Last night a Christian friend and I went to a person’s house to have a Bible study with a family. The family we studied with love the Lord and truly want to go to Heaven. However, I am convinced that they have a zeal for God, but not according to knowledge (Romans 10:2).
As we engaged in the study, there were times when questions were asked for which they had no answers. Biblical passages were offered and examined that directly contradicted what they were contending.
It’s at this point that I think we reach a critical point in a Bible study. Do we drive and hammer that point home. Do we not let up, and demand an answer or a retraction? We could have, but that’s not what we did.
You see, the Bible teaches us to preach the word (2 Timothy 4:2), but it qualifies the way we are to do that. We are to preach the word with “all longsuffering.”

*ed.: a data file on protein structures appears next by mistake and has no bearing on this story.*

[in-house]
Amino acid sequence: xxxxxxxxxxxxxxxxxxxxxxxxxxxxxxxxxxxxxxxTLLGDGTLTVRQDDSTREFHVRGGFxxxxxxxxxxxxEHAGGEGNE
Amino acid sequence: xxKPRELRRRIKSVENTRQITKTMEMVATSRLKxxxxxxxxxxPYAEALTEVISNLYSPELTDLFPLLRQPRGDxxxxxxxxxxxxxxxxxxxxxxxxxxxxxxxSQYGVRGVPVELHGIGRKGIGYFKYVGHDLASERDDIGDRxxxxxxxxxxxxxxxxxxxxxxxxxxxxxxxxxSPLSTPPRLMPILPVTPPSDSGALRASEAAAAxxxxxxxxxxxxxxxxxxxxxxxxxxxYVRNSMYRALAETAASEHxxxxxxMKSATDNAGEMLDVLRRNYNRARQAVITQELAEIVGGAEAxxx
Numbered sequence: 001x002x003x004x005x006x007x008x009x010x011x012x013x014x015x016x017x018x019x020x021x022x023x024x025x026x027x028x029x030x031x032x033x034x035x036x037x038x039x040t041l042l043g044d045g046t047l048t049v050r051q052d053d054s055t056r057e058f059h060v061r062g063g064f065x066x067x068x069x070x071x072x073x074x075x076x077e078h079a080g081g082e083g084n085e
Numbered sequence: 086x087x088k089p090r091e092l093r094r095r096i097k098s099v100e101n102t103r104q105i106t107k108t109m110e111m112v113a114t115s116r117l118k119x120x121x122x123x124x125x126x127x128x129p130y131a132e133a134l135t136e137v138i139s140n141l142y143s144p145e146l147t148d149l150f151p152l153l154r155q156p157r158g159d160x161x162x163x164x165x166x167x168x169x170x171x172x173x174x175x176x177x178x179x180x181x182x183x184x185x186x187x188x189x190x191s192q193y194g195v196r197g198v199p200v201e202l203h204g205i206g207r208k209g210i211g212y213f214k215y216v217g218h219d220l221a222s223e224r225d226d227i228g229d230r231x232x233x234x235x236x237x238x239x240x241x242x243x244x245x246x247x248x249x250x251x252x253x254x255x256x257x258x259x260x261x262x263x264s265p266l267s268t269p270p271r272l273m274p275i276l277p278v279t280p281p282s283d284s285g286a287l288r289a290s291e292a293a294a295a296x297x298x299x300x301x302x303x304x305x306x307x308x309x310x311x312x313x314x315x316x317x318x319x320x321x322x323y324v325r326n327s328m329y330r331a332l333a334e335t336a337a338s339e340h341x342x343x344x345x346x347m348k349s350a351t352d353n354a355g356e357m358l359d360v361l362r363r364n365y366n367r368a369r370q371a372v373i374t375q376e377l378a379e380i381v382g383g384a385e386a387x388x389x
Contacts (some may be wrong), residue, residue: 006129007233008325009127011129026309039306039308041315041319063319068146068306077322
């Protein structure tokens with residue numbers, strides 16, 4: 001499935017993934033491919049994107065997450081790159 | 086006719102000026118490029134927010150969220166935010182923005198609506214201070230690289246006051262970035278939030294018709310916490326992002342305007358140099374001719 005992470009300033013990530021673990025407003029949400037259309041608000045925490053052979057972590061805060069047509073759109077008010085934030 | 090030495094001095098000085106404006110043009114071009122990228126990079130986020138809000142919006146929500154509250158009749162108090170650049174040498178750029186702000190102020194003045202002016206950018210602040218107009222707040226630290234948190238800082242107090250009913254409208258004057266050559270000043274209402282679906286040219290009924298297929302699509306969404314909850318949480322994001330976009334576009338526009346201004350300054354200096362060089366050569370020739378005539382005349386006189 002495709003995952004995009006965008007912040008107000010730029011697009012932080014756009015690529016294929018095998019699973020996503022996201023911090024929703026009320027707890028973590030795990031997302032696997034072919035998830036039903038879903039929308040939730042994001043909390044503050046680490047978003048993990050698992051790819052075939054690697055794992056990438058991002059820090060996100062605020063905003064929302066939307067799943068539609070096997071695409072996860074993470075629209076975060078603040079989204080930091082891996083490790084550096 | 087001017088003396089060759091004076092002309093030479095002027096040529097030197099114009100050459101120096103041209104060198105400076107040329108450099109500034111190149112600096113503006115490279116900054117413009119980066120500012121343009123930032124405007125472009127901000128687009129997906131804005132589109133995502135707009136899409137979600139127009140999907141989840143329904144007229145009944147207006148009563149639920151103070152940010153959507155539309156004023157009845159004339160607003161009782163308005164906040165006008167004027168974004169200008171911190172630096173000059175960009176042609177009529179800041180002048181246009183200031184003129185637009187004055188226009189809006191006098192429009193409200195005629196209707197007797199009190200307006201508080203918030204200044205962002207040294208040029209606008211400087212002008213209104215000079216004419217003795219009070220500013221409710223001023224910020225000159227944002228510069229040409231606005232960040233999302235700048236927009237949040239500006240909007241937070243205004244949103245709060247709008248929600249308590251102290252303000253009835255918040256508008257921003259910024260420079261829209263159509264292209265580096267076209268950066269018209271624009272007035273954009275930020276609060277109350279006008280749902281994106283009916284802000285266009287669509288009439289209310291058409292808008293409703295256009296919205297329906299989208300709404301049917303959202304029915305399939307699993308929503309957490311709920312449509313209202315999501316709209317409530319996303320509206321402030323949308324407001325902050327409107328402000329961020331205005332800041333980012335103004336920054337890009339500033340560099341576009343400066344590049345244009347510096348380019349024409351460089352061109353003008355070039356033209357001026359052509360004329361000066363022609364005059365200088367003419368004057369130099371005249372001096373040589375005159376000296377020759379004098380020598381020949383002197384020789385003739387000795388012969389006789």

Coming around to truth sometimes takes time. Mulling something over, and weighing all the evidences may require more than an initial hearing. Therefore, we were quick to tell these friends that they didn’t need to feel like they had to provide an immediate answer. We weren’t there to win an argument with them, but we were there to study and learn together.
To sum it up, our goal was to “put a pebble in their shoe.” Give them something to think about. Leave a thought that nags at them and won’t give them rest until they find resolution through further study. And isn’t that what the goal of any Bible study should be. The goal isn’t to win an argument. The goal is to simply put pebbles in people’s shoes. Those with good and honest hearts will have to do something about it. So let’s get after it. We don’t have to know all the answers to all the questions someone may ask. What we need to be about is dropping pebbles in people’s shoes.